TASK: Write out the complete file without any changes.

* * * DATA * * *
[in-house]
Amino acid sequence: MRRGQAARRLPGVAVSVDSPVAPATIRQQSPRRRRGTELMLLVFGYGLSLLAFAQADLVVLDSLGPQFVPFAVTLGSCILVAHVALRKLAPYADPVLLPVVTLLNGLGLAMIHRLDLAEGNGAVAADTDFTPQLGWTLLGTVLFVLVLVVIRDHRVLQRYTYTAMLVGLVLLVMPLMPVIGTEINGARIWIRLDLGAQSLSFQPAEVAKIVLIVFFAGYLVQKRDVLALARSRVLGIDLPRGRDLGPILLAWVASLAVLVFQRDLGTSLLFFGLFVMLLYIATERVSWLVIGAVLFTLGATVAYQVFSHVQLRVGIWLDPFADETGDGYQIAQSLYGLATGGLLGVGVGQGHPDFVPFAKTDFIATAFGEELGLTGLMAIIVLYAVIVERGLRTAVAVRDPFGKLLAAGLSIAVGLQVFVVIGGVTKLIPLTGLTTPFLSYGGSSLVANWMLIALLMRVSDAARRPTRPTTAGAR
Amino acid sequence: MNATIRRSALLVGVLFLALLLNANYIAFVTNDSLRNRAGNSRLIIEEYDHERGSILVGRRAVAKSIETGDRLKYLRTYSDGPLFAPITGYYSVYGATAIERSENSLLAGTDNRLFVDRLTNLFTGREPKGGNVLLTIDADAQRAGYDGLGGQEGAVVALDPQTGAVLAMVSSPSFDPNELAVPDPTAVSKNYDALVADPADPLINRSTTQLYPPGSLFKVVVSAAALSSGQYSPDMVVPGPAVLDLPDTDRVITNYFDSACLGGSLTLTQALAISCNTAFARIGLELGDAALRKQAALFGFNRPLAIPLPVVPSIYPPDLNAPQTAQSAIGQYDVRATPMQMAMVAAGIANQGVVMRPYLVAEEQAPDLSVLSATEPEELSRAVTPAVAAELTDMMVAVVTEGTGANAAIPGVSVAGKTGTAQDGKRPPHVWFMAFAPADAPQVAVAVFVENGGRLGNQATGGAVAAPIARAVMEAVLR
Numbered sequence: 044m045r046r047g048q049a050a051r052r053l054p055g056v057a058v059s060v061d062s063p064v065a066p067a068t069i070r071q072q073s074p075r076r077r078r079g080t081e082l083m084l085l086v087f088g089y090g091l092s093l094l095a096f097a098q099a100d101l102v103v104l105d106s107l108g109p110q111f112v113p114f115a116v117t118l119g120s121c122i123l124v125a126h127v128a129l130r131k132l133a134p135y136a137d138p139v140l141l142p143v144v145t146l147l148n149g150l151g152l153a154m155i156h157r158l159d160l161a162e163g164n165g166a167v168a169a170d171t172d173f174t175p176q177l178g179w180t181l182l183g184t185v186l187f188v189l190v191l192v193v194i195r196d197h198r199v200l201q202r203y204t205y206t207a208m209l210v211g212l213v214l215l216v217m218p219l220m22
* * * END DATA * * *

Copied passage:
[in-house]
Amino acid sequence: MRRGQAARRLPGVAVSVDSPVAPATIRQQSPRRRRGTELMLLVFGYGLSLLAFAQADLVVLDSLGPQFVPFAVTLGSCILVAHVALRKLAPYADPVLLPVVTLLNGLGLAMIHRLDLAEGNGAVAADTDFTPQLGWTLLGTVLFVLVLVVIRDHRVLQRYTYTAMLVGLVLLVMPLMPVIGTEINGARIWIRLDLGAQSLSFQPAEVAKIVLIVFFAGYLVQKRDVLALARSRVLGIDLPRGRDLGPILLAWVASLAVLVFQRDLGTSLLFFGLFVMLLYIATERVSWLVIGAVLFTLGATVAYQVFSHVQLRVGIWLDPFADETGDGYQIAQSLYGLATGGLLGVGVGQGHPDFVPFAKTDFIATAFGEELGLTGLMAIIVLYAVIVERGLRTAVAVRDPFGKLLAAGLSIAVGLQVFVVIGGVTKLIPLTGLTTPFLSYGGSSLVANWMLIALLMRVSDAARRPTRPTTAGAR
Amino acid sequence: MNATIRRSALLVGVLFLALLLNANYIAFVTNDSLRNRAGNSRLIIEEYDHERGSILVGRRAVAKSIETGDRLKYLRTYSDGPLFAPITGYYSVYGATAIERSENSLLAGTDNRLFVDRLTNLFTGREPKGGNVLLTIDADAQRAGYDGLGGQEGAVVALDPQTGAVLAMVSSPSFDPNELAVPDPTAVSKNYDALVADPADPLINRSTTQLYPPGSLFKVVVSAAALSSGQYSPDMVVPGPAVLDLPDTDRVITNYFDSACLGGSLTLTQALAISCNTAFARIGLELGDAALRKQAALFGFNRPLAIPLPVVPSIYPPDLNAPQTAQSAIGQYDVRATPMQMAMVAAGIANQGVVMRPYLVAEEQAPDLSVLSATEPEELSRAVTPAVAAELTDMMVAVVTEGTGANAAIPGVSVAGKTGTAQDGKRPPHVWFMAFAPADAPQVAVAVFVENGGRLGNQATGGAVAAPIARAVMEAVLR
Numbered sequence: 044m045r046r047g048q049a050a051r052r053l054p055g056v057a058v059s060v061d062s063p064v065a066p067a068t069i070r071q072q073s074p075r076r077r078r079g080t081e082l083m084l085l086v087f088g089y090g091l092s093l094l095a096f097a098q099a100d101l102v103v104l105d106s107l108g109p110q111f112v113p114f115a116v117t118l119g120s121c122i123l124v125a126h127v128a129l130r131k132l133a134p135y136a137d138p139v140l141l142p143v144v145t146l147l148n149g150l151g152l153a154m155i156h157r158l159d160l161a162e163g164n165g166a167v168a169a170d171t172d173f174t175p176q177l178g179w180t181l182l183g184t185v186l187f188v189l190v191l192v193v194i195r196d197h198r199v200l201q202r203y204t205y206t207a208m209l210v211g212l213v214l215l216v217m218p219l220m22